Jesus was not mistaken! He came, as He said, from God. He is, as He claimed, the Son of God, and in His Divinity He is supreme over all created things, and comes again in the glory of that Divinity, to finish His work on earth. There can be no physical or intellectual proof of all this, for these are matters transcending human values and means of measurement. The proof comes after, and not before, the repentant individual has “turned” to serve God. Having accepted Christ, not only as a guide to conduct and instructor in morals, but a personal Deliverer from sin and the effects of sin, he becomes increasingly conscious of a new and different sphere of understanding which advances satisfactory and convincing proofs not capable of demonstration by the materialistic arguments of every day.
World Reclamation and the Millennial Age
Repentance, then, does involve coming to Jesus in submission as to a Master and leader. It does involve claiming Him and accepting Him as a personal Saviour and subordinating one’s whole life and interests to His service. The object is not merely that one may be “saved from the wrath to come”. God does not look with approval on people whose sole desire is to save their own skins, and advance their own interests. The world has seen too much of that already. Rather should one come to God in dedication of life to be used by him in the further reclamation of the world from evil. It implies service, and it implies hard work. The day set aside by God for this purpose is the still future Millennial Age, during which all men, including the returned dead, will be taught the ways of God and be led to choose between good and evil, and decide their future destiny for themselves. Nevertheless there is much that can be done in this present day, before God breaks through into human affairs with His promised Millennial Kingdom. That is why the repentance and dedication to Christian service of any man or woman has an immediate effect upon the prevalence of evil. It is one more blow struck for right dealing and right living, one more influence making for peace and rectitude in the affairs of men and nations, leading immediately to some mitigation, however slight, of the troubles that now afflict mankind.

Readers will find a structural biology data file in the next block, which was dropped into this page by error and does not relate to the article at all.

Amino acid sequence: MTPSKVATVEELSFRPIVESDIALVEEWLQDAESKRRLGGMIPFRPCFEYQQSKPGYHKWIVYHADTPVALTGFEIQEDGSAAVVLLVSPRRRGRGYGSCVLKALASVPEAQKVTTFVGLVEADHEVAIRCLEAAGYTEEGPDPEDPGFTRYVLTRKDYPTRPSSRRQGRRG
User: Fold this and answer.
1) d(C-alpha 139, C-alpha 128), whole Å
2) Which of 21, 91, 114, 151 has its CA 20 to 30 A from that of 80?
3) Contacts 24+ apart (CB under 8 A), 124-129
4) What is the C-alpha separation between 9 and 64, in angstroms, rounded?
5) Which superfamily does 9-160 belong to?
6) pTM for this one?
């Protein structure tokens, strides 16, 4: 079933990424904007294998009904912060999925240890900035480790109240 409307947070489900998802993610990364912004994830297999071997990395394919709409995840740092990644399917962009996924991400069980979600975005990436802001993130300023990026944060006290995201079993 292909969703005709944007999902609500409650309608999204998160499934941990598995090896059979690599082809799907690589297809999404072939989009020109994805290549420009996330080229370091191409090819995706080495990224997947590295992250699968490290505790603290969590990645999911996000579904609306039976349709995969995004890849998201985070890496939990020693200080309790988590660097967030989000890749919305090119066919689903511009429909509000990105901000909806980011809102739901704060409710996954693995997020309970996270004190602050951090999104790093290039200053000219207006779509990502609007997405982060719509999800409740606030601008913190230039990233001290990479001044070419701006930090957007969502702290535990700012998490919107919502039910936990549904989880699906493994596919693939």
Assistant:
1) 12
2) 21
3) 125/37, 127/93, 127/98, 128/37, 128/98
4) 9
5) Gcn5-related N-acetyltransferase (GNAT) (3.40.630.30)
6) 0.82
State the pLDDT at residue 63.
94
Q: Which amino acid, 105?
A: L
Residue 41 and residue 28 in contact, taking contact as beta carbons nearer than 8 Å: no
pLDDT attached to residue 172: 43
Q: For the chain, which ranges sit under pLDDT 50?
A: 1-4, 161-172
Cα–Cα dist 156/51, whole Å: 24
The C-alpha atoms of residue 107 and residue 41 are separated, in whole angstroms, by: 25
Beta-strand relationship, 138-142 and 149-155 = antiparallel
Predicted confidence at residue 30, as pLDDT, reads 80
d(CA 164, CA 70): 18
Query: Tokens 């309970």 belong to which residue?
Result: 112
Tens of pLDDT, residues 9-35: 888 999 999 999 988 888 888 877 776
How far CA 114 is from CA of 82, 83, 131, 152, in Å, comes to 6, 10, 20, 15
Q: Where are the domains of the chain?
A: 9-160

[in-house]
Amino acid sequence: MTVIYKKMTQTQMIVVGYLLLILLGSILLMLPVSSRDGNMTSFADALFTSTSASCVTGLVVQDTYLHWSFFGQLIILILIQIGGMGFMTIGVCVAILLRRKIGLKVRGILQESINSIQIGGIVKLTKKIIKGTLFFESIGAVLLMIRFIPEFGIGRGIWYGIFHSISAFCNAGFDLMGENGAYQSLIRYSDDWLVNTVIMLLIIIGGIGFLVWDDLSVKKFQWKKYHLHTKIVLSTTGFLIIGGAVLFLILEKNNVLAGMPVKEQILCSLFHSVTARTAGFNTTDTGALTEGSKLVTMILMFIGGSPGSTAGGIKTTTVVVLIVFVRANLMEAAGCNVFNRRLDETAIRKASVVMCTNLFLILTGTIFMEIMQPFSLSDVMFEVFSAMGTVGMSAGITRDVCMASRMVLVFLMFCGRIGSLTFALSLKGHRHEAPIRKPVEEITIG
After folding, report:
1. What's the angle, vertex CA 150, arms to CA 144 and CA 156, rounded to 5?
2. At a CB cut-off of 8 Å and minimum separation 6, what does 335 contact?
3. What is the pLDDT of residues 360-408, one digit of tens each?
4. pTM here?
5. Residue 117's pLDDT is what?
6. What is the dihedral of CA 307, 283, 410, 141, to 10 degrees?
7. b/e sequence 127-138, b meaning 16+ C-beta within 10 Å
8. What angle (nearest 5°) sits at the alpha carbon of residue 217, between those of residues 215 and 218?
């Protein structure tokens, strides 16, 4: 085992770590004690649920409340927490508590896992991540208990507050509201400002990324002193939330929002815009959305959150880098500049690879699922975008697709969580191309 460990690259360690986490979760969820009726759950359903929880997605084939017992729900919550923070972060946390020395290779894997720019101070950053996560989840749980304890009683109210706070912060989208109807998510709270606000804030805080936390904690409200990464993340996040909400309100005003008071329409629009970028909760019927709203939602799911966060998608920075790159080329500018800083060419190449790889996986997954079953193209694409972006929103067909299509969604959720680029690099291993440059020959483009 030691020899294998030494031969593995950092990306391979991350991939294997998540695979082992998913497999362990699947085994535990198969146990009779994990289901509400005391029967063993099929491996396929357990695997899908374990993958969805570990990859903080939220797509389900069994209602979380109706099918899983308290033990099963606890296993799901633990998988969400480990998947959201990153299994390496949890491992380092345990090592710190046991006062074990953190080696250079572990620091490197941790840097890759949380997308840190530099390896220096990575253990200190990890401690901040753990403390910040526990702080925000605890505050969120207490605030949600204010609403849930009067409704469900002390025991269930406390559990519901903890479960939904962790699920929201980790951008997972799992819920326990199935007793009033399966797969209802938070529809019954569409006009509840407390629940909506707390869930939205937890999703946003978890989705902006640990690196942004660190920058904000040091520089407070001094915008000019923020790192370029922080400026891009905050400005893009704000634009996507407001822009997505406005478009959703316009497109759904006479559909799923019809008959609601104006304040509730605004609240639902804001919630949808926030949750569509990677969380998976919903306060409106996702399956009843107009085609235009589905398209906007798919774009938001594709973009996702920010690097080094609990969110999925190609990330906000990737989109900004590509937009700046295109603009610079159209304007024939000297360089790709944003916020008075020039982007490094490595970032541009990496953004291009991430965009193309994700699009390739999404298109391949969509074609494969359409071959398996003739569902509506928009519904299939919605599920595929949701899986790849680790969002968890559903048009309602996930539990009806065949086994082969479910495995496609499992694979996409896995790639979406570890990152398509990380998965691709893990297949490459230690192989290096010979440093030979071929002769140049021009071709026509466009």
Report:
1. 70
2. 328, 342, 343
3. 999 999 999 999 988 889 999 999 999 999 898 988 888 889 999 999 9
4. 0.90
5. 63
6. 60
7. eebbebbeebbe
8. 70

This then is God’s call
“Repent ye therefore, and be converted, that your sins may be blotted out, when the times of refreshing shall come from the presence of the Lord. And He shall send Jesus Christ...whom the heaven must receive until the times of restitution of all things”. (Acts 3:19-21)